Judge Rules Prosecution Can Use Disputed Interrogation Against Bin Laden Driver

A U.S. military judge allowed prosecutors to use a disputed interrogation as evidence at the first Guantanamo war crimes trial, ruling Thursday the defendant was not coerced into saying he swore allegiance to Usama bin Laden.

In a heavily redacted ruling, Judge Keith Allred, a Navy captain, rejected defense claims that Salim Hamdan made the May 2003 statement under the influence of sleep deprivation or other coercive programs at the detention center on this U.S. Navy base.

The ruling cleared the way for Robert McFadden, an agent with the Naval Criminal Investigative Service, to describe the interrogation to jurors as the final prosecution witness.

Hamdan, a Yemeni, faces up to life in prison if convicted of conspiracy and aiding terrorism.

McFadden, one of nearly a dozen interrogators to testify at the trial, said Hamdan swore an Islamic oath, or "bayat," to bin Laden.

Although Hamdan supported the killing of Jews and Christians on the Arabian peninsula, he told bin Laden he would withdraw from the oath if "the jihad became Muslim on Muslim or political violence," McFadden said.

"Mr. Hamdan said he was convinced by the need for seeking jihad," he said.

In the nine-hour interrogation, McFadden said Hamdan also provided extensive details about bin Laden's security convoys in Afghanistan.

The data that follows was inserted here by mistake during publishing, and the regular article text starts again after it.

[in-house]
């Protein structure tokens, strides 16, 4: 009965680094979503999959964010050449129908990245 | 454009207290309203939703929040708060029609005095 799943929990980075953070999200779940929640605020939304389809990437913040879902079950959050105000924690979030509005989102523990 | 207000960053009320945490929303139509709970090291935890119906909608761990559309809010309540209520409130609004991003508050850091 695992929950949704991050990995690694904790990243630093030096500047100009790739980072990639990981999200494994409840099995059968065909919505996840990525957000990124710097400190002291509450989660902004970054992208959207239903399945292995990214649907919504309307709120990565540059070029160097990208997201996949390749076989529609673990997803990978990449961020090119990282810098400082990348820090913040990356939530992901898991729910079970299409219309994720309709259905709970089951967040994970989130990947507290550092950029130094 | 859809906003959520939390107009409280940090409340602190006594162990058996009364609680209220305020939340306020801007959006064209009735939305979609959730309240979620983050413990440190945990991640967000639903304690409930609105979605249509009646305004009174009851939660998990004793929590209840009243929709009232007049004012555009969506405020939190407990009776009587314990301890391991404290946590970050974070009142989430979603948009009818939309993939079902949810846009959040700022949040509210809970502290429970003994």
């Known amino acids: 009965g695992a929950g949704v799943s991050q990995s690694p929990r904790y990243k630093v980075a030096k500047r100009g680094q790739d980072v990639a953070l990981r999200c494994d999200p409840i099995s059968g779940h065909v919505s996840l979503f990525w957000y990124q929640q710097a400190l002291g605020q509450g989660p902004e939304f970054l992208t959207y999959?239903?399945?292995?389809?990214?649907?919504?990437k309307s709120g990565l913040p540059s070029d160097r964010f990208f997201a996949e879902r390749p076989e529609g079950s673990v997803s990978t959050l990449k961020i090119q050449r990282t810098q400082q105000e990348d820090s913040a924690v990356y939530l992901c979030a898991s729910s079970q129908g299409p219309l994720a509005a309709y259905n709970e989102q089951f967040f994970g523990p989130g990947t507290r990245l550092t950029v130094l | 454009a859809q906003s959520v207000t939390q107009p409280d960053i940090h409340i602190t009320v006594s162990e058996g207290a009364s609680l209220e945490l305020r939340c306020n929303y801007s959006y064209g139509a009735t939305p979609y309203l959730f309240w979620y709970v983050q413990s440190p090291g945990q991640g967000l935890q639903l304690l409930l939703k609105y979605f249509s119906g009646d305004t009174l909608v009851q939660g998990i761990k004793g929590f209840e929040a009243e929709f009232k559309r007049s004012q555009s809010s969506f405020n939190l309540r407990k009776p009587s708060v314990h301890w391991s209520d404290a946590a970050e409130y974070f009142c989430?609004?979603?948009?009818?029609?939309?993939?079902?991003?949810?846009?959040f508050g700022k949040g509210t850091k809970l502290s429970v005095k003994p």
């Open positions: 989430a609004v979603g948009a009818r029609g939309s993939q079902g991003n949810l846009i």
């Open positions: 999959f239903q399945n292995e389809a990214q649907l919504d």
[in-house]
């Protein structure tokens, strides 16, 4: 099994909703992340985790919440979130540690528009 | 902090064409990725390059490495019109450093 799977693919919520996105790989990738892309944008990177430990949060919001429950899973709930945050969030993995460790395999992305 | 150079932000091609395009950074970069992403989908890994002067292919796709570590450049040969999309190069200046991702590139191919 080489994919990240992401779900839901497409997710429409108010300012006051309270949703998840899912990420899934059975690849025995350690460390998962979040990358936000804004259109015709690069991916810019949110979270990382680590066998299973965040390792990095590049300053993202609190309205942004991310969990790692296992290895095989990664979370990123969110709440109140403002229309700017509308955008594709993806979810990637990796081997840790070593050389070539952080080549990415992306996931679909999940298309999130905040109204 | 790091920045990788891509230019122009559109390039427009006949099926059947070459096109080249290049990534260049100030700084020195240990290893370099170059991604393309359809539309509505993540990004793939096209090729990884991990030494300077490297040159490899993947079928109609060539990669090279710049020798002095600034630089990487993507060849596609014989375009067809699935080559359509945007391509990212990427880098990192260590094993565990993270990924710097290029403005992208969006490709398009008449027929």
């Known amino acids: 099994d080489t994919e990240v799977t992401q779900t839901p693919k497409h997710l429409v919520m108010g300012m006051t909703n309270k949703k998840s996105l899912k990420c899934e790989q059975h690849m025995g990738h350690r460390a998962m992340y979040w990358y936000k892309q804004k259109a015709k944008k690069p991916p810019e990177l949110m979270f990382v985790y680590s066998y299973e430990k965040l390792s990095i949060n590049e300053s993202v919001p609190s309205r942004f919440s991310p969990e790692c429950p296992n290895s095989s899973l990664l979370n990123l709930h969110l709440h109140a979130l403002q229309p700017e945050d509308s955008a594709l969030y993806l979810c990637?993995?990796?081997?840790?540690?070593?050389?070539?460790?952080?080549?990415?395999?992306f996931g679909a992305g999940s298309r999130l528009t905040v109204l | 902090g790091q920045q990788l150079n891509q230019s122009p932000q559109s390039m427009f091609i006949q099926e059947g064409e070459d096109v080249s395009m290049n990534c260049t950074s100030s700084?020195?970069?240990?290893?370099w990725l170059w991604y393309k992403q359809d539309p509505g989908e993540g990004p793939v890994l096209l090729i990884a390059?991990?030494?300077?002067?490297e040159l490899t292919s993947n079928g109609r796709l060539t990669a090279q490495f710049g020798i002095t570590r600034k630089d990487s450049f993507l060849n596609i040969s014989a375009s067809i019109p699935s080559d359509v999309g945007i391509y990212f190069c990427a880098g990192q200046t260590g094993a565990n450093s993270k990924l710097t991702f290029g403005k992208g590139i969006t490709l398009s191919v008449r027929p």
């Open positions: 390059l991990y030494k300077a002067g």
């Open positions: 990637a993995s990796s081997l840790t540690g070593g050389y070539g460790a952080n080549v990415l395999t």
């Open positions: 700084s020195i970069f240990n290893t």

The reliability of the testimony was fiercely contested by defense lawyers, who say Hamdan was a low-level bin Laden employee who never joined his terrorist network. Hamdan took the witness stand Wednesday and denied telling McFadden that he pledged allegiance to bin Laden.

Defense lawyers have said Hamdan made the statements to McFadden under the effects of abuse including sleep deprivation, solitary confinement and sexual humiliation.

Allred said confinement at Guantanamo is "undoubtedly an unpleasant, highly regimented experience, with instant rewards or loss of privileges for infractions." But the ruling, more than half of which was blacked out, said the discipline imposed on Hamdan did not have any bearing on the interrogation.

Earlier in the trial, Allred dismissed other Hamdan statements that he determined were made under "coercive" conditions in Afghanistan. He previously threatened to dismiss the Guantanamo interrogation as a penalty against prosecutors for failing to turn over hundreds of pages of documents to the defense until the start of the trial.

McFadden, who provided Hamdan tea, raisins and dates during the interrogation, said Hamdan never complained of abuse to him and appeared to enjoy their conversation.